SCI provided us with unaudited financial data for 2002-2010. These documents cover a relatively small portion of SCI's activities;8 it is unclear to us how this particular portion was selected to be shared with us; and, therefore it is not a full picture of how SCI spends its money. With these limitations in mind, SCI's expenditures were 59% country programs, 28% drug procurement, 9% salaries, and 5% "OHD/College contribution." SCI provided more detail on what the money was spent on for a portion of these funds allocated to specific grant-funded projects. 48% of the funding for which we have more detail was granted to African governments,9 26% was spent on "lab and works supplies," 12% directly on staff, 6% on "overheads," 2% on postage, 2% on travel, 1% on "subsistence," 1% on equipment and hardware purchase, and the remainder on 20 additional line items.10 From conversations with Alan Fenwick, director of SCI, and a grant proposal submitted by SCI to the funding agency USAID, it appears that SCI's role in mass drug administrations is to:11
  • Assist with planning and fund raising.
  • Deliver funding and drugs to governments.
  • Advocate for the benefits of mass drug distributions among children and high risk groups, local leaders and government officials, and teachers and healthcare workers.
  • Provide financial management and technical support.
  • Develop procedures for monitoring and evaluation.

Small-scale programs

SCI has also worked on a number of smaller projects and has told us that donations from individual donors are used for projects such as these. Examples of past projects:12
  • A small treatment project in Cote d'Ivoire that will be scaled up with a grant from the U.K. Department for International Development.
  • A program run by a doctor in Mozambique to test and treat 70,000 people in Mozambique.
  • A surgery program in Niger for patients with hydrocele, a symptom of lymphatic filariasis.
  • A treatment program for residents of Ugandan islands in Lake Victoria.
SCI told us in February 2011 that it had set up a way to receive donations from individuals less than a year before and thus did not yet have audited financial data from the account holding such donations.13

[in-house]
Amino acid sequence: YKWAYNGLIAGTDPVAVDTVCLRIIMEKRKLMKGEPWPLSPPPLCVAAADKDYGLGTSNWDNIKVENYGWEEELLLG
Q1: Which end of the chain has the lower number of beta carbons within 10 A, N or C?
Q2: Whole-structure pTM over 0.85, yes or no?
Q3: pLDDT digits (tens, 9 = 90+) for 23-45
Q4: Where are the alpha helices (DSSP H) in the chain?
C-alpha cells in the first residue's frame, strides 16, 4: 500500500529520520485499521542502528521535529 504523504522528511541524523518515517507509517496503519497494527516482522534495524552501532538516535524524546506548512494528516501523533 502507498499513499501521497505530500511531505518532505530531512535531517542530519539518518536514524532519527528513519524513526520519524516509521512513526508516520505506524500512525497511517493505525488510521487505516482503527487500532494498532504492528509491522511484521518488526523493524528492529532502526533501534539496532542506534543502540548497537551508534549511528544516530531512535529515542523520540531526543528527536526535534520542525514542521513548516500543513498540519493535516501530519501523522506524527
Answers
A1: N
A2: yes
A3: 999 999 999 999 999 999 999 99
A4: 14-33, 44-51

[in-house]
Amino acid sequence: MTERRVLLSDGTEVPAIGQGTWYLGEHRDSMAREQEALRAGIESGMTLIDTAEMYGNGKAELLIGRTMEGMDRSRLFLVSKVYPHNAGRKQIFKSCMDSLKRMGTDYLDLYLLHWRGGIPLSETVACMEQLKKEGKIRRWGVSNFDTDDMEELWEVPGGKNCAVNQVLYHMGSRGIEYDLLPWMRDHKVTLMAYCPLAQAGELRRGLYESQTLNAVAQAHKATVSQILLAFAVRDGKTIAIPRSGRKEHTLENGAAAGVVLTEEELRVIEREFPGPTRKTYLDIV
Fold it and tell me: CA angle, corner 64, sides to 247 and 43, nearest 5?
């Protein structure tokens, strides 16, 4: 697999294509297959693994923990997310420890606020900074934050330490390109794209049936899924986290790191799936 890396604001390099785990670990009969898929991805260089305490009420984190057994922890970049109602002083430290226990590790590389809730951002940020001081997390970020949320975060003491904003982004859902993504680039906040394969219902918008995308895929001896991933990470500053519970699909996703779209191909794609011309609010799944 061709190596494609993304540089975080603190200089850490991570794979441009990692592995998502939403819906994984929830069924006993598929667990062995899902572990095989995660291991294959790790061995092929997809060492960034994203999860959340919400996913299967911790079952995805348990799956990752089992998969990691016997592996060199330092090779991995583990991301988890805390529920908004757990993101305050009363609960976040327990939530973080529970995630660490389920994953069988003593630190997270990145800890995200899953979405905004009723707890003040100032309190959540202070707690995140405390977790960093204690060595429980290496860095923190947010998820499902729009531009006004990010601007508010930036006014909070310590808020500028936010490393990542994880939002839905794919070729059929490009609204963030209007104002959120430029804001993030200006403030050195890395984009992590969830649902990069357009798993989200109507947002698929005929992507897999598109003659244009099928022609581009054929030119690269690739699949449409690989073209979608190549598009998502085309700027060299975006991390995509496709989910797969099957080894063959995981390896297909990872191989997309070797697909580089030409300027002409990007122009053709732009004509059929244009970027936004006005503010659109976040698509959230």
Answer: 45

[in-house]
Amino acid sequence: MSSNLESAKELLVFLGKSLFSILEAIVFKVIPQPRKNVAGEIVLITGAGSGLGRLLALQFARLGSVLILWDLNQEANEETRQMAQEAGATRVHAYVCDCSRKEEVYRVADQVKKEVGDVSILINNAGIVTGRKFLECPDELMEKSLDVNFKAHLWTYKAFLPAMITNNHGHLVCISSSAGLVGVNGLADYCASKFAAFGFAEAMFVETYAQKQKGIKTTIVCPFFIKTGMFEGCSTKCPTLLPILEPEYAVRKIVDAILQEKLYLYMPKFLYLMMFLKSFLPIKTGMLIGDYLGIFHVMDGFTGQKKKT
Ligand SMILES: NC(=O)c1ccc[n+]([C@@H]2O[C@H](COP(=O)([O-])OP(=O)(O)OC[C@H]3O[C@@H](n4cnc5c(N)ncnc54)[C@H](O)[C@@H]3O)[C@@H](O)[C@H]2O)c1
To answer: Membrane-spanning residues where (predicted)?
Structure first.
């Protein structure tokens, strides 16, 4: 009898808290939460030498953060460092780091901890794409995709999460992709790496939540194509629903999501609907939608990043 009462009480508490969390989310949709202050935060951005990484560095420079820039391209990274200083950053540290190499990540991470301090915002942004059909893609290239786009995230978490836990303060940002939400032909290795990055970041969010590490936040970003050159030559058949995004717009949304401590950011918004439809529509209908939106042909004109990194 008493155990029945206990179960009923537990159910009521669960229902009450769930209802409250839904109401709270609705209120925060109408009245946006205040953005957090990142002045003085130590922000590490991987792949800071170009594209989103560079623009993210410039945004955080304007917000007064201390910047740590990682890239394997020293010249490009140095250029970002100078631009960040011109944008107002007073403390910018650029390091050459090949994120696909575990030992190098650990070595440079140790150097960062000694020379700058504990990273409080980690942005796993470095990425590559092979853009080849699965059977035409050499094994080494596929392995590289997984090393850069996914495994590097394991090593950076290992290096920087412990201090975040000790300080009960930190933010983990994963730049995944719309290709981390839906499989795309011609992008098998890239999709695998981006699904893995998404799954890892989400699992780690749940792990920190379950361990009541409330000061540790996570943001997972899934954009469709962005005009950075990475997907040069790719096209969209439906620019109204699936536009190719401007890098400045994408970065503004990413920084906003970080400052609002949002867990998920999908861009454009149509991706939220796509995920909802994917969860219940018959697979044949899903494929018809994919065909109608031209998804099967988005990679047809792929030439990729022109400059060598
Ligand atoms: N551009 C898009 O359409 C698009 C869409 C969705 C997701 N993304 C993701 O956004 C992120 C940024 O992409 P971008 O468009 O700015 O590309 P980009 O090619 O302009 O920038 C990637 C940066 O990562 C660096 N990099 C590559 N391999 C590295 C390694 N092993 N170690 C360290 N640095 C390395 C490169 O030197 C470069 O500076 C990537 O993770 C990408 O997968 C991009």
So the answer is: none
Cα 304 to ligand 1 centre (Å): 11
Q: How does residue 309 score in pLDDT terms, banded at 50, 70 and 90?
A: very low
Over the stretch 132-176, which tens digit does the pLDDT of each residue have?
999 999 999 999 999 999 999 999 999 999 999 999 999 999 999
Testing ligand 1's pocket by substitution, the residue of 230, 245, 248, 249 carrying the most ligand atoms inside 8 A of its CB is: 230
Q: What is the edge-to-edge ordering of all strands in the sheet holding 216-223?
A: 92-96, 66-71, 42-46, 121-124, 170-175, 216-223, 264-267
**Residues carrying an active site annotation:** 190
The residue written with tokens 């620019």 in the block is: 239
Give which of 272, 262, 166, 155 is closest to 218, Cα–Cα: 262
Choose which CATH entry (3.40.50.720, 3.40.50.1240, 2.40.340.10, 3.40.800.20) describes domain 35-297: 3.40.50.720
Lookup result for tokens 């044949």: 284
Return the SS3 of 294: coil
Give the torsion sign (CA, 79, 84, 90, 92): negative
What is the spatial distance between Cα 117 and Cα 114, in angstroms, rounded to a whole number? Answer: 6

Does it work?

Independent evidence of program effectiveness

The effectiveness of mass drug administration programs for controlling onchocerciasis, soil-transmitted helminths, and schistosomiasis and for eliminating lymphatic filariasis is well-supported by available evidence. The SAFE strategy is also likely effective, although some components of the strategy are better-established than others. For details, see:

Internal monitoring: large-scale programs

We have seen two technical reports, and summaries of several other evaluations, showing substantial drops in the prevalence of infections after SCI's involvement. The drops in prevalence are substantial enough that we think crediting SCI for them is reasonable (details below). That said, it is not fully clear to us (a) how relevant the studied populations are to the full populations treated by the programs; (b) whether successful treatment has been sustained after the study periods; (c) how these drops in prevalence of infection translate to lives changed for the better; (d) how past successful activities relate to future activities.

Evidence regarding drops in prevalence of infection

  • Uganda: SCI began working in Uganda in 2003.14 A study of 1871 schoolchildren15 found that prevalence of intestinal schistosomiasis and soil-transmitted helminths and anemia decreased significantly after 2003.16
    It is not clear to us whether the sample of studied schoolchildren was representative of the project population as a whole. The sample was drawn from districts "selected to represent transmission settings ... Within each district, schools were stratified according to ... infection prevalence: two with high prevalence (> 50%), two with medium prevalence (10–49%) and one with low prevalence (< 10%)."17 This would appear to ensure, for example, that 1/3 of the sample came from high-prevalence schools, even though it wasn't necessarily the case that 1/3 of all schools in the program were high prevalence. The study had a low follow-up rate, with only 43.3% of children originally selected for inclusion surveyed in all three surveys.18